8 WAYS TO DEAL WITH ACID REFLUX
You might have experienced the unpleasant feeling of acid regurgitation one or more times in your life, probably after eating a heavy meal. You may have also felt some chest burn during those times, making you regret that delicious dinner you’ve just eaten. If this happens to you frequently, you might have gastroesophageal reflux disease (GERD), or “acid reflux” for short.
Acid reflux may cause those affected a great deal of discomfort, and the condition might persist despite the many different available off-the-counter drugs treating it. The good news is, changing some lifestyle habits and avoiding certain foods can go a long way in reducing acid reflux symptoms and maybe prevent them altogether.
First, why does acid reflux happen?
The stomach produces gastric acid to digest food and its walls are protected by special mechanisms to prevent them from being damaged by acid. A muscular ring called the lower esophageal sphincter (LES) closes the stomach at its inlet, preventing acid from going back upwards. When the LES is weak or relaxes abnormally, acid might go up, causing irritation in the esophagus and the related symptoms of GERD.
What are some ways to reduce acid reflux symptoms?
1. Avoid overeating
The lower esophageal sphincter normally closes the stomach and prevents food and acid from backwashing into the esophagus. Eating large amounts of food can distend the stomach (think of it like a balloon being inflated) pressing harder against an already dysfunctional sphincter, leading to its incomplete closure and eventually acid reflux. Try to cut down the size of your meals and stick to smaller (and, maybe, more frequent) portions to try and reduce your reflux symptoms.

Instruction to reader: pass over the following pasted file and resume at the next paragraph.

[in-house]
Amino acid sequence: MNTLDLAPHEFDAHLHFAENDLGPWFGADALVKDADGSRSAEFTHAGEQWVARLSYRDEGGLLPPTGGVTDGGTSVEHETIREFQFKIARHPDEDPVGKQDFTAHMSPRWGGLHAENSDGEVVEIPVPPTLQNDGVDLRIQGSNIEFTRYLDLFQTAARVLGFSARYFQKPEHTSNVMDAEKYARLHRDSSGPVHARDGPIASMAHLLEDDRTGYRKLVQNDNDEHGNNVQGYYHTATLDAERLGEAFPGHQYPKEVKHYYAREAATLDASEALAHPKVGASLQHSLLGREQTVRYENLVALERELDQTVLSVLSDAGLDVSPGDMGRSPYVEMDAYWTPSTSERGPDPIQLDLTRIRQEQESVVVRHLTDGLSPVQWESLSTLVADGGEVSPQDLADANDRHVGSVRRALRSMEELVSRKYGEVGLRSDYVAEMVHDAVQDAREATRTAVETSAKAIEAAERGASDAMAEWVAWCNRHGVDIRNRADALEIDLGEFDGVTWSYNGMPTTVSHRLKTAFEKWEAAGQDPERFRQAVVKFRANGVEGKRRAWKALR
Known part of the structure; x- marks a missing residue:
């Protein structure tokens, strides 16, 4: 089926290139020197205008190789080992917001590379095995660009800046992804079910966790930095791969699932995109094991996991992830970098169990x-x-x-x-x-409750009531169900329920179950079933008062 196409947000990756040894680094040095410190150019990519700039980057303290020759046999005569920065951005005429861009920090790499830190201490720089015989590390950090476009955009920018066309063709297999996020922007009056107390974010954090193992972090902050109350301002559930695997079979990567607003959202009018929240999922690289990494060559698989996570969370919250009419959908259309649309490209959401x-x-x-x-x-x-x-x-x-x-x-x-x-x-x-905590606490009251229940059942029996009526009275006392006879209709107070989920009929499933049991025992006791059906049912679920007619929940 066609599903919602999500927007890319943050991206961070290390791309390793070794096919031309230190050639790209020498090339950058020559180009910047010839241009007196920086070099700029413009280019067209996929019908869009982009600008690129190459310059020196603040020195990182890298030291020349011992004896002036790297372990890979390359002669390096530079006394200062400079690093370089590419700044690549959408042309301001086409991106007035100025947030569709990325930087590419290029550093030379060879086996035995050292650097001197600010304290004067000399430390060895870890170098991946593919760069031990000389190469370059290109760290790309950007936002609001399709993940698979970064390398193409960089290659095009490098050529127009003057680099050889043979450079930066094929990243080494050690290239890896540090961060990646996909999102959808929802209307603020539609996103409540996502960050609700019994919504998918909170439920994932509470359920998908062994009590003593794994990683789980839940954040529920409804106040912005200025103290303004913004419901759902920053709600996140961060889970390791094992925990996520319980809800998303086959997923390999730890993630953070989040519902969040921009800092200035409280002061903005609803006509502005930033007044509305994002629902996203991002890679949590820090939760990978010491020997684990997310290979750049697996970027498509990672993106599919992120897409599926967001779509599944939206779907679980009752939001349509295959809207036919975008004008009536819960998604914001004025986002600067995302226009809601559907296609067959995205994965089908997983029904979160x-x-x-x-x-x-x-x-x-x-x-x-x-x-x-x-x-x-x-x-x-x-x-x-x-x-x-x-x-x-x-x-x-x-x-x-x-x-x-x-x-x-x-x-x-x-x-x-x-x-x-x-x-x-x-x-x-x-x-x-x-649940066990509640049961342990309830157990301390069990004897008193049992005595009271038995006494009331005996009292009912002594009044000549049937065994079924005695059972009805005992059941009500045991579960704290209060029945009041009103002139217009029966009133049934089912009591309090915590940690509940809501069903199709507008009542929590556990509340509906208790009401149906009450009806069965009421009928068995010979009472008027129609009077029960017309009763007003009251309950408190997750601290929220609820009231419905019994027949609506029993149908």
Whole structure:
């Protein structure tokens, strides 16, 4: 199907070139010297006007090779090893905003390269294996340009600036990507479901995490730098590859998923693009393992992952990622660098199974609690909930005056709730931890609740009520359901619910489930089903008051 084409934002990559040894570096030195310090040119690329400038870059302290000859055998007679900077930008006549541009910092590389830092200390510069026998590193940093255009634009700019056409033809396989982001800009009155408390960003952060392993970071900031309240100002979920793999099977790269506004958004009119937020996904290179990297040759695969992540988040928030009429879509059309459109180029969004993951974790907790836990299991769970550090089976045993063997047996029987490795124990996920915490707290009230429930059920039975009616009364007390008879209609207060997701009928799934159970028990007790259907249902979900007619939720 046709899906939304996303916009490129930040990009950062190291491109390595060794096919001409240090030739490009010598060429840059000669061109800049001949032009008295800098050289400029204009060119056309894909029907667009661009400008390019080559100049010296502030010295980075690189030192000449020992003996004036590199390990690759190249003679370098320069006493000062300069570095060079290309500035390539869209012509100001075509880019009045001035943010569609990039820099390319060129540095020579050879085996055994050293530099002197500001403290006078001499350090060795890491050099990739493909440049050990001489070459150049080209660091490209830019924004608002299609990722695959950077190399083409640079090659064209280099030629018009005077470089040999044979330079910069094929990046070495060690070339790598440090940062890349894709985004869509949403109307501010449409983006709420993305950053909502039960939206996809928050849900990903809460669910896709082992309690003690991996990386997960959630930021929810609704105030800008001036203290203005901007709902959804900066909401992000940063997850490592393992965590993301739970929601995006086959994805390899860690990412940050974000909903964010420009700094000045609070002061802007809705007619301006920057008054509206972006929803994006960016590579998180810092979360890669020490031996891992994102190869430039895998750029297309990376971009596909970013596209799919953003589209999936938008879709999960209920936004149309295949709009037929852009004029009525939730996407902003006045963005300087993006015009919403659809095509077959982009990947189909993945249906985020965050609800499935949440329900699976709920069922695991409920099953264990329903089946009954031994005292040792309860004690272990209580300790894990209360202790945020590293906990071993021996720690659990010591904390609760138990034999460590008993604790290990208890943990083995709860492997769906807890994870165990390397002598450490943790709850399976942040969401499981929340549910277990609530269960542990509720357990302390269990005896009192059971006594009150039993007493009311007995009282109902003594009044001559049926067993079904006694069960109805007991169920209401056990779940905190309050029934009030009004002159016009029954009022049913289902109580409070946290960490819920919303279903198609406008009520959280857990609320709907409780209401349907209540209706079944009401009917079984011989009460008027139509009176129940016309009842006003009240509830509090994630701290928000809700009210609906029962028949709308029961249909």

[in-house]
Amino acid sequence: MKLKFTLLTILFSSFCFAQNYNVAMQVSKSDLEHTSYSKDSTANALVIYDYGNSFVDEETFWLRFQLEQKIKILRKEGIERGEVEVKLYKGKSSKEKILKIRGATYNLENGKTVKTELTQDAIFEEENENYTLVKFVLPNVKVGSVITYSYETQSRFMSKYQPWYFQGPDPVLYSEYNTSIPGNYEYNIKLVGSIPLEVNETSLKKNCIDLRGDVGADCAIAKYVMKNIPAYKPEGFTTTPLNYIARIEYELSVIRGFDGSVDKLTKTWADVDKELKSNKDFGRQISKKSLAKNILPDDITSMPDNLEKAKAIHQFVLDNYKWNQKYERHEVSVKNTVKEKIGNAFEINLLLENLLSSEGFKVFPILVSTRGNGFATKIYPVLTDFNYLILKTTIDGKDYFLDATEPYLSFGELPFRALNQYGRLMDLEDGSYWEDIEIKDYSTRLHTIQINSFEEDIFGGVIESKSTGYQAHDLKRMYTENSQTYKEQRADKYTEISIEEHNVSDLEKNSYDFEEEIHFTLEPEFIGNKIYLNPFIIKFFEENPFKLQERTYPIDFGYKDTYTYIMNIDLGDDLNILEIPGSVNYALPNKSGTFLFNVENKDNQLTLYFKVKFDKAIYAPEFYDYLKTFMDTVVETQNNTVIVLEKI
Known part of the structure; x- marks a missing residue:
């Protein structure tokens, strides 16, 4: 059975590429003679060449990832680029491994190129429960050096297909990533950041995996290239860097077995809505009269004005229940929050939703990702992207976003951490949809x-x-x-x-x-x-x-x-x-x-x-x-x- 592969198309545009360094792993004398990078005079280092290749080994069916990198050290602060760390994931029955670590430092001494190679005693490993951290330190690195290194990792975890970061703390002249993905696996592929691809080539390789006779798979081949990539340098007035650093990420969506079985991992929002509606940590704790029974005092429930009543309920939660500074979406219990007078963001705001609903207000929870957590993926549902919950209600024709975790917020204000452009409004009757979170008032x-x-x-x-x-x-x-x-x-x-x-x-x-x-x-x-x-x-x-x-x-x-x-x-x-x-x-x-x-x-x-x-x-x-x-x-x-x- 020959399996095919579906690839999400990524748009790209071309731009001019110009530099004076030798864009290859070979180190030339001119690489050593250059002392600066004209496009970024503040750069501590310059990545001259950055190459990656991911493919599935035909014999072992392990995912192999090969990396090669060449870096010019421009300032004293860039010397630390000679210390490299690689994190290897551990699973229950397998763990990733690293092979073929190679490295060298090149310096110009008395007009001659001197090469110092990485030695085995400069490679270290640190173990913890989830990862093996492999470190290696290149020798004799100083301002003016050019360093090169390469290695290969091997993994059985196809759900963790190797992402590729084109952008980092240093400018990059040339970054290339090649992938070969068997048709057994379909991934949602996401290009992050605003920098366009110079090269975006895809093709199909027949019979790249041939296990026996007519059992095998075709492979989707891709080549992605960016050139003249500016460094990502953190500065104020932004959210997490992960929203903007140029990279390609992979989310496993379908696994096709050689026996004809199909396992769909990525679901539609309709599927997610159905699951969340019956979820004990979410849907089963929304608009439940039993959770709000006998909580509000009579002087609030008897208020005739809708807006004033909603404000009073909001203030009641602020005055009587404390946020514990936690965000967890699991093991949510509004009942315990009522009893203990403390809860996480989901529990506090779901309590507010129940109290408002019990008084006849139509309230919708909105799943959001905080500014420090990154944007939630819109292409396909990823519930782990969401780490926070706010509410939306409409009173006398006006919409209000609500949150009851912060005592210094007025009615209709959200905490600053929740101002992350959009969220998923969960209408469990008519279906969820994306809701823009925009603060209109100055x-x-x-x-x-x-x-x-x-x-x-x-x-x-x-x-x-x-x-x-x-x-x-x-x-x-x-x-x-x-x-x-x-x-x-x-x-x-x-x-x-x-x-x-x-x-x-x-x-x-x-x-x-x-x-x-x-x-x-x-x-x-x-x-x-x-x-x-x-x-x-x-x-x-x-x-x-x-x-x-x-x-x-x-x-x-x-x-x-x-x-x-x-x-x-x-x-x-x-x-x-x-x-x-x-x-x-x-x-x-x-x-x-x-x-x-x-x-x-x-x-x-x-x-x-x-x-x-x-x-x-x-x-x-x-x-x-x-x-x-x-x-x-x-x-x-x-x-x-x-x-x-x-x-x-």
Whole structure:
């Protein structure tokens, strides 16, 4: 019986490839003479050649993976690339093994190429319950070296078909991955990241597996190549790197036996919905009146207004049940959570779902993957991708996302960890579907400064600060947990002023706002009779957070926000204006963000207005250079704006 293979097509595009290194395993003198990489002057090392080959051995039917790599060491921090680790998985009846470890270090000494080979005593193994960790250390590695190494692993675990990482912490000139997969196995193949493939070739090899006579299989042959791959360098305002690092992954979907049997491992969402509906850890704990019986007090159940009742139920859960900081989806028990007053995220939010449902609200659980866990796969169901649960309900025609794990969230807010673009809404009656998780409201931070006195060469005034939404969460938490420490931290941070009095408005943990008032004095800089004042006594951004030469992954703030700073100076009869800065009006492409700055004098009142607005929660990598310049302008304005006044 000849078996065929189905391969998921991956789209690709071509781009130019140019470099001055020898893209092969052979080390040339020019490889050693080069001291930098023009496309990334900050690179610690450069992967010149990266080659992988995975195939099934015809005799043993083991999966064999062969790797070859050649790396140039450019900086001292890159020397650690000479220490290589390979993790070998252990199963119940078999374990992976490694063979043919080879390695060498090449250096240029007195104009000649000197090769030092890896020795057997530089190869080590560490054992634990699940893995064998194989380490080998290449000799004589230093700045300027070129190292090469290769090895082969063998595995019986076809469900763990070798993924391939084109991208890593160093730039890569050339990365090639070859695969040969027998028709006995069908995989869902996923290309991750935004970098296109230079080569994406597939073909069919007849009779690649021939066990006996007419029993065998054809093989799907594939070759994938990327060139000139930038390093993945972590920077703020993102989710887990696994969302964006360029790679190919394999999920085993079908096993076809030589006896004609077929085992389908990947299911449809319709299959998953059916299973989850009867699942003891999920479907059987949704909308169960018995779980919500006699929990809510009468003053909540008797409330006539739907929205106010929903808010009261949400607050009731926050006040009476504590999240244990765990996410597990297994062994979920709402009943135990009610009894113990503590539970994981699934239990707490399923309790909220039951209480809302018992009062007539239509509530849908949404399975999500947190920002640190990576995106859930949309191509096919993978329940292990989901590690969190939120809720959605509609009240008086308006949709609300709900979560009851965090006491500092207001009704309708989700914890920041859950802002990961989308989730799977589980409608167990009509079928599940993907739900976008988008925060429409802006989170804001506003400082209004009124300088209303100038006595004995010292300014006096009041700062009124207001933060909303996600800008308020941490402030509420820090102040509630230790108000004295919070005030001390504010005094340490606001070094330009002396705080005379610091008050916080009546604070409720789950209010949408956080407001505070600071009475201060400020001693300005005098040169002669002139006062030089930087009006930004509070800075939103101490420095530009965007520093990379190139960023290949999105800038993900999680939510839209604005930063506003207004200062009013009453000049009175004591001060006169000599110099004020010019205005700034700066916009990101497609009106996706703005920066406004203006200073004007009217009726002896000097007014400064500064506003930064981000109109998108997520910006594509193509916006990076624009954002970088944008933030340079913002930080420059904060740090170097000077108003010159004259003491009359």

2. Lose some weight
Being overweight or obese is a risk factor for acid reflux. Obesity is implicated as a risk factor for many other health conditions like diabetes, heart disease, hypertension, and others as well. A large belly will press against your stomach, squeezing the contents out through the LES, leading to acid reflux. In some obese people, the high pressure in the abdomen may also push part of the stomach above the diaphragm, making it easier for acid to pass backward. This is considered one of the most important mechanisms of acid reflux in obese patients.
Losing weight and aiming for the ideal number is a great investment in reducing acid reflux with the added benefit of protecting against the numerous serious diseases caused by obesity.
You can follow a balanced diet and maybe perform aerobic sports more frequently. Seeking the help of healthcare professionals to adjust your diet can also be worthwhile.
3. Avoid trigger foods
Acid reflux can happen at any time, however, most people experience it directly after eating specific foods. Foods like tomatoes, garlic, mint, onions, and chocolate can all trigger acid reflux by either relaxing the LES or directly irritating the esophageal wall. Spicy and fatty foods are also implicated in causing this condition. Each person is usually different and certain foods that cause reflux in one person may be perfectly tolerated by another. Try experimenting by eliminating one of the foods that you think is triggering acid reflux from your diet and seeing if your symptoms improve.
4. Keep coffee to a minimum